20 Jul PCUN’s 2017 Legislative Priorities & Victories
Here is a summary of PCUN’s 2017 Legislative Priorities & Victories
SB 558-Cover all Kids: SB 558 ensures all Oregon children have the same access to health care, regardless of residency status. Oregon will become the 7th state in the country to provide health care for all children. The Cover All Kids legislation will: (1) Extend health care coverage through the Oregon Health Plan for all children in Oregon up to 300 percent of the federal poverty level, (2) Ensure that culturally and linguistically appropriate community-based outreach is conducted to maximize enrollment.
HB 3464 Privacy Law: Protects the privacy of immigrant families by prohibiting the exchange of certain confidential information for the use of migration. HB 3464 will also provide much-needed direction and procedures by the attorney-General of Oregon for schools, health clinics and other public entities and services on how to handle the federal government’s requests for information.
SB 828-Fair Work week: The first Fair Scheduling Law in the country. Part of the Fair Work Week Coalition.The bill will apply to retail, hotel, and food service establishments that have 500 or more employees worldwide. It will require the employers to give employees two weeks’ notice of their work schedules, to pay for last-minute employer-requested schedule changes, and to separate shifts by at least 10 hours. The bill pre-empts local governments from passing their own scheduling requirements. It will take effect July 1, 2018, with its penalty provisions taking effect Jan. 1, 2019.
HB 2355- End Racial Profiling Bill: Will require law enforcement departments to begin collecting and retaining standardized demographic data on all officer-initiated pedestrian and traffic stops. The bill also requires mandatory training in cultural competency and implicit bias for all state and local law enforcement officers in Oregon and establishes a statewide system to hold law enforcement departments accountable for profiling practices.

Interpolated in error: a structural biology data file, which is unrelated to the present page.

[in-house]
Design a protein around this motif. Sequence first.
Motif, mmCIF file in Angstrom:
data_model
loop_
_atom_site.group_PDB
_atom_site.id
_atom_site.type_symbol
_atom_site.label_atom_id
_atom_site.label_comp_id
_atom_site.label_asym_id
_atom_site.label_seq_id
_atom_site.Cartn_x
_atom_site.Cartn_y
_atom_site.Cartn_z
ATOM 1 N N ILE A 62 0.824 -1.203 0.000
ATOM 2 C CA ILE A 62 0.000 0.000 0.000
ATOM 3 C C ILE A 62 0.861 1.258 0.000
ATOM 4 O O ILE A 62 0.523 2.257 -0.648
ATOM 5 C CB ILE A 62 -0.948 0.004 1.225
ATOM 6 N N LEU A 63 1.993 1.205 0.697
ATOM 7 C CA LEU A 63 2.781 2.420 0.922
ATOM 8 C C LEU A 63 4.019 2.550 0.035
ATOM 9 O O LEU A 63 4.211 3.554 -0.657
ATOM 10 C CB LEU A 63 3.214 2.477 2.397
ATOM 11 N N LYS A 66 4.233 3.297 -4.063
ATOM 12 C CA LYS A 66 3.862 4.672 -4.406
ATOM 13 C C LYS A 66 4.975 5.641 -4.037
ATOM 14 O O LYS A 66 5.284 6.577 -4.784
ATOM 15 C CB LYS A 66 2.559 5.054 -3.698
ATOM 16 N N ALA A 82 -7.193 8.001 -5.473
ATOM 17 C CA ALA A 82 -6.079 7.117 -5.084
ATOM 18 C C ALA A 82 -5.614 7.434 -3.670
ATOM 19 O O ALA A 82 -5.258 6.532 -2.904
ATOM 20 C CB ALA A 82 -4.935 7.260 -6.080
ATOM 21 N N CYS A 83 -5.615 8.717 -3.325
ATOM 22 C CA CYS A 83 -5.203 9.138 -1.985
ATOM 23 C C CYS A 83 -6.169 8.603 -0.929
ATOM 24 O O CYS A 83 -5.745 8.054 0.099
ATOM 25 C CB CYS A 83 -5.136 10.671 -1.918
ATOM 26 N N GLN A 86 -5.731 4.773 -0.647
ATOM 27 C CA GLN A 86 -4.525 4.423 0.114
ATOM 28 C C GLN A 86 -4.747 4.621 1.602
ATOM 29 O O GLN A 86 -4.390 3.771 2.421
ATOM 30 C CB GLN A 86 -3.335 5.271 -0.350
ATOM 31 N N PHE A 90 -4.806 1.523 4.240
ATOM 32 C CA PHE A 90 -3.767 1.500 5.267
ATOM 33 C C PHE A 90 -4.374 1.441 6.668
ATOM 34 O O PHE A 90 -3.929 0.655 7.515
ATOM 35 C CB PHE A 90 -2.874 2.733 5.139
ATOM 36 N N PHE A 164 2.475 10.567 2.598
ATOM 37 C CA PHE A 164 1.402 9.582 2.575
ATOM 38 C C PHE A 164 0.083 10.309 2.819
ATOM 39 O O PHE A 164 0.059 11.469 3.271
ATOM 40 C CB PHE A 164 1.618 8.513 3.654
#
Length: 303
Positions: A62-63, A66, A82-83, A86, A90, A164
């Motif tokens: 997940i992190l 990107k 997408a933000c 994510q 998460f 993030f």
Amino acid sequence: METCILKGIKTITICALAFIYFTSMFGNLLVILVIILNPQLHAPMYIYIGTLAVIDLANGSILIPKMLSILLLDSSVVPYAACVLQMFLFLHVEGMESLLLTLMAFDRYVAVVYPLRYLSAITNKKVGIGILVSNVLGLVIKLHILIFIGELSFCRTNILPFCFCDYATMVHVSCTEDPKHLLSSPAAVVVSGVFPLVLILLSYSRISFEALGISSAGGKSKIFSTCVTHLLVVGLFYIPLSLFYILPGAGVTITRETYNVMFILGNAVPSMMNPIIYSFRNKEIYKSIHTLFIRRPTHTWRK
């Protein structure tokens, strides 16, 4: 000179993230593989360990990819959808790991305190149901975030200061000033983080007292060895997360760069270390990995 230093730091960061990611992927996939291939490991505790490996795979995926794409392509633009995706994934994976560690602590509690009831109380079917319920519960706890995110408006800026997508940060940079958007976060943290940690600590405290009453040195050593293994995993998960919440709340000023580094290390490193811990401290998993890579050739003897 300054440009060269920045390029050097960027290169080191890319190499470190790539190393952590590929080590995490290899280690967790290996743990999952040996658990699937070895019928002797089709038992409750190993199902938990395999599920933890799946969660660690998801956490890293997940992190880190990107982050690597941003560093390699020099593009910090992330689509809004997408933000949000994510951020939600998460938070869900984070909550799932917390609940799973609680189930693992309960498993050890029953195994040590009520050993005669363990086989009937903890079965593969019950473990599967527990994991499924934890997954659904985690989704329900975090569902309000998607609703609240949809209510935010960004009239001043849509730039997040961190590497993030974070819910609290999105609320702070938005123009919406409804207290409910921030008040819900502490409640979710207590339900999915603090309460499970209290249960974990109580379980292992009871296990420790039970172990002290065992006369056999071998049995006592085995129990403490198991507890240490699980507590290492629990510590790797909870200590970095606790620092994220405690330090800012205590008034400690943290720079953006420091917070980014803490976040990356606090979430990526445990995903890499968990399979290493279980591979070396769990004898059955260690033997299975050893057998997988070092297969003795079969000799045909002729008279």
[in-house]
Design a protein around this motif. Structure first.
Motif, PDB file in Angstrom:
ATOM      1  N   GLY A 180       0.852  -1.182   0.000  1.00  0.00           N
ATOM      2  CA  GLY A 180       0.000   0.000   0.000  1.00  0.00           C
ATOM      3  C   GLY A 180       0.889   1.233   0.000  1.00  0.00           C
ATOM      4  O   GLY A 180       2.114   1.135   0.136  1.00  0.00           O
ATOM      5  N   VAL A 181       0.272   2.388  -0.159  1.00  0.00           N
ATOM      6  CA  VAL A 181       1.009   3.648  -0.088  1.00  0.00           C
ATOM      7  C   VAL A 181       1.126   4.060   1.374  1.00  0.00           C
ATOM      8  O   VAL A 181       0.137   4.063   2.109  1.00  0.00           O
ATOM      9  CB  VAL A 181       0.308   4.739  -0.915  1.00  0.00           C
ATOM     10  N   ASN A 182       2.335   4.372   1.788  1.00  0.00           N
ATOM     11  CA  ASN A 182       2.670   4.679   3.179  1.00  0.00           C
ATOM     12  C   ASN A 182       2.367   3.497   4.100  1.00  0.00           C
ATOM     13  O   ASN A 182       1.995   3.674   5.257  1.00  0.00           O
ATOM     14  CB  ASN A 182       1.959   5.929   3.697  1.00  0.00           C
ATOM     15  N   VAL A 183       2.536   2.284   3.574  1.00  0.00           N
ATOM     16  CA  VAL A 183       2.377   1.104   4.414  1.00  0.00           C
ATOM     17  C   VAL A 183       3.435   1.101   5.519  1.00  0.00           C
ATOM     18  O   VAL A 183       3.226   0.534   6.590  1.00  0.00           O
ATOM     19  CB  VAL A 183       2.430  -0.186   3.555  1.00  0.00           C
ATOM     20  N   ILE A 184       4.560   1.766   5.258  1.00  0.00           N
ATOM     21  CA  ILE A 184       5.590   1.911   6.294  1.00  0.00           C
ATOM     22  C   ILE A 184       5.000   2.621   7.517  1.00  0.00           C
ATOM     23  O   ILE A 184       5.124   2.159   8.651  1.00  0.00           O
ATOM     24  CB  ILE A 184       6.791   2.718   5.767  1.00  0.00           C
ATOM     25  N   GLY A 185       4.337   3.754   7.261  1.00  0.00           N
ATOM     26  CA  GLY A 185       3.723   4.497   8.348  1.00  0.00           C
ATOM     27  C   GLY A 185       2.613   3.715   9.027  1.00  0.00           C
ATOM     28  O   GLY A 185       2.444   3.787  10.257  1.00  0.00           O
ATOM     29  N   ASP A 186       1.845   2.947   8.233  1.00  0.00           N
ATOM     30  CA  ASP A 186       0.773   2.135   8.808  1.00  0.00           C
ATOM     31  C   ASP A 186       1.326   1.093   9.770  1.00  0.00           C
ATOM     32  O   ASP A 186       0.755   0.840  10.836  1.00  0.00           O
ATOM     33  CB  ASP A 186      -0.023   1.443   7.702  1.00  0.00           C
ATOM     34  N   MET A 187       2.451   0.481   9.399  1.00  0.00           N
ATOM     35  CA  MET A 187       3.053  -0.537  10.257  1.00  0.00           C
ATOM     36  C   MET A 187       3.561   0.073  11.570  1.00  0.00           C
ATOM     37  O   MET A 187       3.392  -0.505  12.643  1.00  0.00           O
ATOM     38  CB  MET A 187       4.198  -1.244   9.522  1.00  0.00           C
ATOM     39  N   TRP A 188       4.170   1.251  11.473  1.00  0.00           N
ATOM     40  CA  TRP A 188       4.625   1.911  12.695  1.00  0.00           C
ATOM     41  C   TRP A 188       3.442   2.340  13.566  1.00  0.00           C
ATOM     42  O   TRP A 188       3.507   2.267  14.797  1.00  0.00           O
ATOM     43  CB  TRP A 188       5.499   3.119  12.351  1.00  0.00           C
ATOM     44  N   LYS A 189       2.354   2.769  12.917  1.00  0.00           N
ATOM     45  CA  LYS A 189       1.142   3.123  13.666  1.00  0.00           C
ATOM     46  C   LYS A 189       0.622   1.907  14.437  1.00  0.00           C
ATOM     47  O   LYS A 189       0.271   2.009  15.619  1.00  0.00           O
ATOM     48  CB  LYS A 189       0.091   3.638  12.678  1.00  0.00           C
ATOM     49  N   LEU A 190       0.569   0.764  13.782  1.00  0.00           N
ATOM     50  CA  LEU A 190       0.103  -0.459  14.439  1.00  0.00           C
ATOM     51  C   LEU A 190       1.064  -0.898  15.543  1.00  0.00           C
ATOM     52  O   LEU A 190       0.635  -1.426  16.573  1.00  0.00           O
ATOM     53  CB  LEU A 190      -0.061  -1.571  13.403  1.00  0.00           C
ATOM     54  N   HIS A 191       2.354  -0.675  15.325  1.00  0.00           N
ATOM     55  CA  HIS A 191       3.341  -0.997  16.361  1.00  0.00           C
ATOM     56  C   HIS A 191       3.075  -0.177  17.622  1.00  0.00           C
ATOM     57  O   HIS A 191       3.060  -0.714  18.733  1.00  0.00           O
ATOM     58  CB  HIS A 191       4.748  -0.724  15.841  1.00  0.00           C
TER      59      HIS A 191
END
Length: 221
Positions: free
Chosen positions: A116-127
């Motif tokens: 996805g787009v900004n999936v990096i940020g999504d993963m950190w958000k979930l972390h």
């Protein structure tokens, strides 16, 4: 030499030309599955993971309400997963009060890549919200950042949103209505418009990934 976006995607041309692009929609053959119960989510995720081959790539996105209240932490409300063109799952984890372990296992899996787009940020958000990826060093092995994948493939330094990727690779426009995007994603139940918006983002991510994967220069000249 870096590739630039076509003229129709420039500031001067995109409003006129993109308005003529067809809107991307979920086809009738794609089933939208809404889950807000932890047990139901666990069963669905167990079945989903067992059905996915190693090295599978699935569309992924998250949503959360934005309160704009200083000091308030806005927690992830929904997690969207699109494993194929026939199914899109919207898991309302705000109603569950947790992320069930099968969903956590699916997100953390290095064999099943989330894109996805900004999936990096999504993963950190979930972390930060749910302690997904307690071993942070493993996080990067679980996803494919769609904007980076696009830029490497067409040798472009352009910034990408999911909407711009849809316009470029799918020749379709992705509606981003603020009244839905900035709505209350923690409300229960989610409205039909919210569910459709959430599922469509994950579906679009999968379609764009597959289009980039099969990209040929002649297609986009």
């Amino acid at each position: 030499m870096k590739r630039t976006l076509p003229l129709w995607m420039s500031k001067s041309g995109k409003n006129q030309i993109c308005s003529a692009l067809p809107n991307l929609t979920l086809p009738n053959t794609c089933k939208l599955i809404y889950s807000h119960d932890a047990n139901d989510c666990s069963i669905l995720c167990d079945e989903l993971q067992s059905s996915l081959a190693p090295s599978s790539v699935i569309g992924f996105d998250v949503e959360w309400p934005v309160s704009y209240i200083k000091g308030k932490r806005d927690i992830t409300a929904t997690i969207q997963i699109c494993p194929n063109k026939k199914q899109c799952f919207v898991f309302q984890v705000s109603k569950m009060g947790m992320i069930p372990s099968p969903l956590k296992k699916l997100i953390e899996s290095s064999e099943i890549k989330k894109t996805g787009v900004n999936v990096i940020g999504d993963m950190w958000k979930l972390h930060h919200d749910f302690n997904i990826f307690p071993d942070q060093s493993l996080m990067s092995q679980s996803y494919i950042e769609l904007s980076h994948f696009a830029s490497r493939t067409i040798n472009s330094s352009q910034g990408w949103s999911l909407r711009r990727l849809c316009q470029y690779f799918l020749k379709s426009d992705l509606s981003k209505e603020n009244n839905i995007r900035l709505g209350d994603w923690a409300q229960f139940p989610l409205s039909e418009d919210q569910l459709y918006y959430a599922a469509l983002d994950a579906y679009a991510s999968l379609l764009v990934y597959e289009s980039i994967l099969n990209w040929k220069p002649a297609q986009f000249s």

HB 3391-The Reproductive Healthy Equity Act– Removes financial barriers and ensures that every Oregonian is empowered to make their own decisions about whether and when to become a parent. The legislation will: (1) Require all commercial plans to cover the entire cost of the full range of reproductive health services – including family planning, vasectomy and abortion – without deductible or co-pay by the patient, (2) Establish coverage for reproductive health care, especially postpartum care for new mothers for Oregonians who are categorically excluded from health programs due to citizenship status, (3) Assure access without government interference to the full range of reproductive healthcare, including abortion, (4) Prohibits discrimination on the basis of gender identity in reproductive health coverage.
HB 2845–Develops Ethnic Studies standards- Directs the Department of Education to convene a group of 14 individuals—each with different backgrounds including—who will advise the state on where “it fails to recognize the histories, contributions, and perspectives of ethnic minorities and social minorities. Directs Department of Education to add and adopt “Ethnic Studies” standards to current social studies standards for Oregon public K-12 schools by 2020. Requires the Department of Education to “publish annual reports on the progress of the implementation of the ethnic studies standards.
HB 2864-Cultural Competency: Requires each community college and public university to establish process for recommending, and providing oversight for implementation of, cultural competency standards for institution and institution’s employees
HB 3279: Creates a new category of labor contractor for licensing by the Oregon Bureau of Labor and Industries and requires additional training for managers, supervisors and employees. As a result, groups such as Janitorial subcontractors will receive additional protections from wage theft and sexual assault.
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